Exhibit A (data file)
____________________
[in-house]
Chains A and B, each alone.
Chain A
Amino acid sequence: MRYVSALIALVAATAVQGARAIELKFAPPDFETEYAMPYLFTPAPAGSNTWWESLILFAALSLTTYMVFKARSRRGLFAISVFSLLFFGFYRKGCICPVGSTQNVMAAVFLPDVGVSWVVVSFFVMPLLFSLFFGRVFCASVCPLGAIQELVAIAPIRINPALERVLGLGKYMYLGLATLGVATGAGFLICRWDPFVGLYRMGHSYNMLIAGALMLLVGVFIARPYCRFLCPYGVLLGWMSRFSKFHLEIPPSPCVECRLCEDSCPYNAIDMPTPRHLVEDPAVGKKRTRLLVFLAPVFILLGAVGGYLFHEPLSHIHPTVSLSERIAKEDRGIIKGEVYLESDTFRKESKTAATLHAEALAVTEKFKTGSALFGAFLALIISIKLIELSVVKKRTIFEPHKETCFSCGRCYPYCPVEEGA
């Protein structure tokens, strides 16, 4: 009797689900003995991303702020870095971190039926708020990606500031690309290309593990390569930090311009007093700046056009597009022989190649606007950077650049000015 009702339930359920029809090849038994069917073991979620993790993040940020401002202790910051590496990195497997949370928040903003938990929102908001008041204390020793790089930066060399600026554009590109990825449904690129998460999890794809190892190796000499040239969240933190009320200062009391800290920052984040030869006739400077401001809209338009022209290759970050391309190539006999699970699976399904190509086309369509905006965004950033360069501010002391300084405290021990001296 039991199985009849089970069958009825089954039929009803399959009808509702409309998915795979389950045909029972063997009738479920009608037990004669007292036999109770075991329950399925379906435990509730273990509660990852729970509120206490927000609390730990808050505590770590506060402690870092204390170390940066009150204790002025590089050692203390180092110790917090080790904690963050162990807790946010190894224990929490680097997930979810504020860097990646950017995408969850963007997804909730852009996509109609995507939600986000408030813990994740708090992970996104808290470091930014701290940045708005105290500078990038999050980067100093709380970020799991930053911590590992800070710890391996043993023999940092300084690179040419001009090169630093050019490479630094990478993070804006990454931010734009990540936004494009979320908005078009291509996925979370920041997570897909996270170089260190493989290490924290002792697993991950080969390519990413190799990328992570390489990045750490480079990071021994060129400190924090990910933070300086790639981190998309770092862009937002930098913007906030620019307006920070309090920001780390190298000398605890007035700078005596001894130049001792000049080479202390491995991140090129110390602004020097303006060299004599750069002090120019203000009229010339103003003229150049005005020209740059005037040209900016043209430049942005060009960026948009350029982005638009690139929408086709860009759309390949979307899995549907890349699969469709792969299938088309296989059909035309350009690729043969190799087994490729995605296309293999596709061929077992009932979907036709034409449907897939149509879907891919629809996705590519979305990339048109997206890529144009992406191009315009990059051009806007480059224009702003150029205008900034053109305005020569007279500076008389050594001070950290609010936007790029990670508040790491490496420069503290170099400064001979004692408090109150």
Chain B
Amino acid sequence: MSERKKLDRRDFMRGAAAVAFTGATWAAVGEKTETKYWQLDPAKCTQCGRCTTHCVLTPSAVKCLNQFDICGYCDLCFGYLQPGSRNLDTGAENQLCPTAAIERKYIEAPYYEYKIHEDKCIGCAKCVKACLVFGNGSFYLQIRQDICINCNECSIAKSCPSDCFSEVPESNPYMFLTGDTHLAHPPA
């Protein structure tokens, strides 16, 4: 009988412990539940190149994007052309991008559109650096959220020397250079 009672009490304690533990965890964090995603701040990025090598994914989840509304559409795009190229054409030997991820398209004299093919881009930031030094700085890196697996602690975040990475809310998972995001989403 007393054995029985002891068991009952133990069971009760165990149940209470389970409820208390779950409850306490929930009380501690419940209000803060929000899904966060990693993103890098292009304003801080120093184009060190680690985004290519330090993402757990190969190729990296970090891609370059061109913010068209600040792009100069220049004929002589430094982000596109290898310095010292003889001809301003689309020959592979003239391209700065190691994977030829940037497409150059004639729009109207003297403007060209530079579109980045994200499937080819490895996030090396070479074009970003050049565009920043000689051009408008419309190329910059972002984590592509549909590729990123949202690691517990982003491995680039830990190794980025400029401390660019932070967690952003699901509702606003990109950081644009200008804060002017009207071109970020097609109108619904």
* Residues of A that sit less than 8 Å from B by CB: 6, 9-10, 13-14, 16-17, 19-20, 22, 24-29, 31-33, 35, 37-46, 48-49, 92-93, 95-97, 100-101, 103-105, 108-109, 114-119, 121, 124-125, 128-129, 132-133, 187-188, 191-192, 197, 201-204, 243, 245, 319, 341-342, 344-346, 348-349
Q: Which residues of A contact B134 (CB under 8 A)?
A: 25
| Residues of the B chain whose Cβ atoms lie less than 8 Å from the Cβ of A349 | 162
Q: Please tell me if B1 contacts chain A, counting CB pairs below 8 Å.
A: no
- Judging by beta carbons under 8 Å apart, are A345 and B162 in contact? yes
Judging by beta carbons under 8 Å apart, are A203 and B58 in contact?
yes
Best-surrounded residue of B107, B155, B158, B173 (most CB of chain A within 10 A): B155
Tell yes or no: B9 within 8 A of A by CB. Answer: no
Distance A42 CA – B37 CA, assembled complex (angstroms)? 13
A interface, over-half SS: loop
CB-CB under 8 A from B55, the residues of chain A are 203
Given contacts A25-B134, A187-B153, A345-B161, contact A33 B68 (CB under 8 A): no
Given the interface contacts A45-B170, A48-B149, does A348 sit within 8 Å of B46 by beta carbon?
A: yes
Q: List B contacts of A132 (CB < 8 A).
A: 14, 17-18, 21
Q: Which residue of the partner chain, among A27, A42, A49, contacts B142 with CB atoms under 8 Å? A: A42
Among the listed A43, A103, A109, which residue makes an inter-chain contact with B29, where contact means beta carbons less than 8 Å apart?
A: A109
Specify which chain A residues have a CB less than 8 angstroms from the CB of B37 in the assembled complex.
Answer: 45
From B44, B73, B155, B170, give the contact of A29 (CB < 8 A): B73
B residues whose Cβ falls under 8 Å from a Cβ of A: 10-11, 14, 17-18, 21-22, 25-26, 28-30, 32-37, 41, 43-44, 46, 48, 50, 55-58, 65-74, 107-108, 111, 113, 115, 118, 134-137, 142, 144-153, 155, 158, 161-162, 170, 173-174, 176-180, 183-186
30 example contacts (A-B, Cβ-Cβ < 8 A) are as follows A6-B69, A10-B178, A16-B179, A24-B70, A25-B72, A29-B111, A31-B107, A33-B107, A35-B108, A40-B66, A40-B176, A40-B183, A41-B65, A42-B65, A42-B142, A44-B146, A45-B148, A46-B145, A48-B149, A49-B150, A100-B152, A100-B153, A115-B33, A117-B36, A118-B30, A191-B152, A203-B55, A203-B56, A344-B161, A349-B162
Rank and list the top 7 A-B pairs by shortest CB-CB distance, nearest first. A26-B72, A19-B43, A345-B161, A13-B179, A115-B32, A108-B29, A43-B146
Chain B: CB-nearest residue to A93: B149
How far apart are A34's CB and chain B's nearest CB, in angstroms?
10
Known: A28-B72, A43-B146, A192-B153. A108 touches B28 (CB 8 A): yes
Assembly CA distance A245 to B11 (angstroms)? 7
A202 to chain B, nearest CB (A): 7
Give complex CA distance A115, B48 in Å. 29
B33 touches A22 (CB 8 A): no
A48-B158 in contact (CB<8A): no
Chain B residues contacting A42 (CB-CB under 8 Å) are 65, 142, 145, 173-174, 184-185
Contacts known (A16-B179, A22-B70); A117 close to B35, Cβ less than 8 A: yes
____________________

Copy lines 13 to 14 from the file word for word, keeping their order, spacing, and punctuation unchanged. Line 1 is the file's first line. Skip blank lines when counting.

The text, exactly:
Q: Please tell me if B1 contacts chain A, counting CB pairs below 8 Å.
A: no